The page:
Too often, people who don't have children don't have a will or other estate planning documents in place. However, in many cases, these are the people who need them the most. Even if you don't have children, you likely would prefer that other family members, favorite charities or even close friends get all of your money rather than have the government take a big chunk out of it, which could happen if you die without a will.
Even if you're married, there's no guarantee that your spouse won't predecease you. You should have contingency beneficiaries if he or she is no longer alive when you die. The question to ask yourself, as one California certified public accountant puts it, is "If today were your last day on earth, who would get your stuff?"
Beyond designating who will inherit your assets, it's also essential to have a health care directive in place as well as a durable power of attorney to carry out that directive. This may or may not be the same person you choose to be your POA for financial matters. Again, if you don't have children, it's particularly important to ensure that someone you trust will be taking charge of these matters. A health care directive allows you to lay out your wishes for your care if you're not in a position to give direction yourself. It can and should include matters like what lifesaving measures you want taken (or not) and whether you wish to donate organs.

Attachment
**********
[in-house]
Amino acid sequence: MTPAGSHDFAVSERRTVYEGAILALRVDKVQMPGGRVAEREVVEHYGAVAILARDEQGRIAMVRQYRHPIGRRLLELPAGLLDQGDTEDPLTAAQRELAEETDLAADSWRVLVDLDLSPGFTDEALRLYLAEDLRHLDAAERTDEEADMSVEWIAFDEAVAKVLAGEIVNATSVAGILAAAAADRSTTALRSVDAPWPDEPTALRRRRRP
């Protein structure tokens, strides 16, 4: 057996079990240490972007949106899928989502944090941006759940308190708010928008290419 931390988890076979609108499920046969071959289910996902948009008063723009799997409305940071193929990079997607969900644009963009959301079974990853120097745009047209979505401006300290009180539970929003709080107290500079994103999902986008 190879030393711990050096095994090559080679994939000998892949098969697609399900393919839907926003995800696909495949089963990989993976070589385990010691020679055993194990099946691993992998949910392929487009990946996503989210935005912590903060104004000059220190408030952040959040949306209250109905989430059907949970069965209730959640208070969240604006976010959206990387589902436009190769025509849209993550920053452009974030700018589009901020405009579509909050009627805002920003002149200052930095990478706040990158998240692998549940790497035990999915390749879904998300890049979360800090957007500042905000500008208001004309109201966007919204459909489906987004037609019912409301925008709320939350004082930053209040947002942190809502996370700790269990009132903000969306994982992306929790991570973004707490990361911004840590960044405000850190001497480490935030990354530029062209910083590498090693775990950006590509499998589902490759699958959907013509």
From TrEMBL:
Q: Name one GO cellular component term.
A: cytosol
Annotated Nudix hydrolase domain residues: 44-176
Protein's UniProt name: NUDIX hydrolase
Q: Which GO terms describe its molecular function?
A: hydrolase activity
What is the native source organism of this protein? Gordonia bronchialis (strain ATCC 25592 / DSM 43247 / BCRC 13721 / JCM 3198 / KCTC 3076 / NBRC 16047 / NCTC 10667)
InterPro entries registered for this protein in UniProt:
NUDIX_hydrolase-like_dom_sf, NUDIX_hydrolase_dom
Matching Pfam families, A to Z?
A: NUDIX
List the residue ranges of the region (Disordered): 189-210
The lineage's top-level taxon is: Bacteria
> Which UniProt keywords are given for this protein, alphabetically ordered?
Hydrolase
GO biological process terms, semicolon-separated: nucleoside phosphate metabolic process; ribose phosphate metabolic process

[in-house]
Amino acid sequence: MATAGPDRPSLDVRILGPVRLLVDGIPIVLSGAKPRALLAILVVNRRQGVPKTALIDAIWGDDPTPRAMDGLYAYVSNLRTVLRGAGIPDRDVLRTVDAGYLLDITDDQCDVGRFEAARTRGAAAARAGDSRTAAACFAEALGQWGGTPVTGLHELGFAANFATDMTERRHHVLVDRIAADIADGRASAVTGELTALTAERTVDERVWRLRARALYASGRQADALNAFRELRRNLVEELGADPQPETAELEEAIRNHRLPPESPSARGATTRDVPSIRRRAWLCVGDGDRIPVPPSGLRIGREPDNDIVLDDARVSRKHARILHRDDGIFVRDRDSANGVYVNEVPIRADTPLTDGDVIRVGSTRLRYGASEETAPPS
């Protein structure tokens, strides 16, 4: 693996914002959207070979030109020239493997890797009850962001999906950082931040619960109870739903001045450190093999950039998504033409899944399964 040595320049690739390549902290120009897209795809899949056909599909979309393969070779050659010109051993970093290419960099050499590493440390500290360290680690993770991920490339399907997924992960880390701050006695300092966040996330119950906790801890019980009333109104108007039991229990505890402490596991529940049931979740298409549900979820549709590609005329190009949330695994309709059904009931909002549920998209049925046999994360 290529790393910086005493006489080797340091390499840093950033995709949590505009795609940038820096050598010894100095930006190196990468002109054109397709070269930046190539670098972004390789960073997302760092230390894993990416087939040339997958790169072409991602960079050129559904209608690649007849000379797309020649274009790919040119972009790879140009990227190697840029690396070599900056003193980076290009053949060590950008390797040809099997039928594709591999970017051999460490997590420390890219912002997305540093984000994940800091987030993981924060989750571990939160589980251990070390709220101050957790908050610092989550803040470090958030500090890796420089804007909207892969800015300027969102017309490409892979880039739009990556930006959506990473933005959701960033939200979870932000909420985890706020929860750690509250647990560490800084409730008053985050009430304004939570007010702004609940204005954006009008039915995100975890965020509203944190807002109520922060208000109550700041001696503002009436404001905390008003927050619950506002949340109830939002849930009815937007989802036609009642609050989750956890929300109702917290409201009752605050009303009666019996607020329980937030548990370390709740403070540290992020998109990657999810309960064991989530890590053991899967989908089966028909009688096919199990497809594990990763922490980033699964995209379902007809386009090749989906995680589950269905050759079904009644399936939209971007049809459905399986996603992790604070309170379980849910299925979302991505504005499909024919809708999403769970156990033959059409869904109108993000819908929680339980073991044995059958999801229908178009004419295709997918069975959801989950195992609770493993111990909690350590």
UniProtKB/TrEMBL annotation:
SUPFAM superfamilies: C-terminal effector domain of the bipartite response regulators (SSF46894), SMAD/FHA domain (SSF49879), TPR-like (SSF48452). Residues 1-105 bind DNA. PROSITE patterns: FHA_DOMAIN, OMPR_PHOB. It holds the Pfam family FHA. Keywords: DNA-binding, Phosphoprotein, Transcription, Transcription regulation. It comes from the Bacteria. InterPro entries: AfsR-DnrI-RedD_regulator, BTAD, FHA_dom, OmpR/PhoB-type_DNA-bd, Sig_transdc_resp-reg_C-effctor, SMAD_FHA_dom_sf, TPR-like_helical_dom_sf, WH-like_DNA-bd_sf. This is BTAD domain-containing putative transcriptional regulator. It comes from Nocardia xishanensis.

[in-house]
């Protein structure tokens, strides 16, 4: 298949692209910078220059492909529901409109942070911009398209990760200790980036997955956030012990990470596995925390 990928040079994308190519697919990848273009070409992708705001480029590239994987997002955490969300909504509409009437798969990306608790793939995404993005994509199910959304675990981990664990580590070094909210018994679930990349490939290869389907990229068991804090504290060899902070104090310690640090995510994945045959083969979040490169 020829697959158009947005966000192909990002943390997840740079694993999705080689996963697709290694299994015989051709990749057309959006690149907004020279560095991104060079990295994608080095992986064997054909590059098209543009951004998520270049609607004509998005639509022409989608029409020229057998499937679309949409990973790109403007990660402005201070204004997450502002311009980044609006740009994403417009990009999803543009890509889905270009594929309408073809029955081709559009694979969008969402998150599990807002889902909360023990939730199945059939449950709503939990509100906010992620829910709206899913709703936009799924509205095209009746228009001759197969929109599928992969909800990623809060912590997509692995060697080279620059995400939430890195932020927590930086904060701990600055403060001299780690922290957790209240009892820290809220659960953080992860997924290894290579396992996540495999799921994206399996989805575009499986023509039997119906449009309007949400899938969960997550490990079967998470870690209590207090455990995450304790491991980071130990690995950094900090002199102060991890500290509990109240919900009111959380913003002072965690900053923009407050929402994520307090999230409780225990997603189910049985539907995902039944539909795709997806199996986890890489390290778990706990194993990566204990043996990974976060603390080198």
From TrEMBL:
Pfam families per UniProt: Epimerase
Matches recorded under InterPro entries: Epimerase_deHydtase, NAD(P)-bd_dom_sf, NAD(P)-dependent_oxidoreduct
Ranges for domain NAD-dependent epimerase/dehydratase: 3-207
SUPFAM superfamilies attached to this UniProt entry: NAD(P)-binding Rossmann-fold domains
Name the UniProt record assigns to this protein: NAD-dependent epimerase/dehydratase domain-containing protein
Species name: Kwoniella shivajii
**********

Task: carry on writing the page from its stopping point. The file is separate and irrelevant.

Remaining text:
Along with your health care directive, your estate plan should include a Health Insurance Portability and Accountability Act form that allows your health care POA to easily access your medical records. This makes things more convenient for that person and prevents unnecessary delays and costs for the person overseeing your health care.
An experienced California family law attorney can work with you to help ensure that you have all of the documents in place to detail your wishes, as well as agents designated to carry them out. It's important to have alternates in case the person you designate is unable to carry out that job. By having a detailed estate plan in place, you also help prevent inconvenience, expenses and often conflict for your loved ones in the days, weeks and months after you're gone.
Source: U.S. News & World Report, "No Kids? You Still Need an Estate Plan," Molly McCluskey, Oct. 14, 2016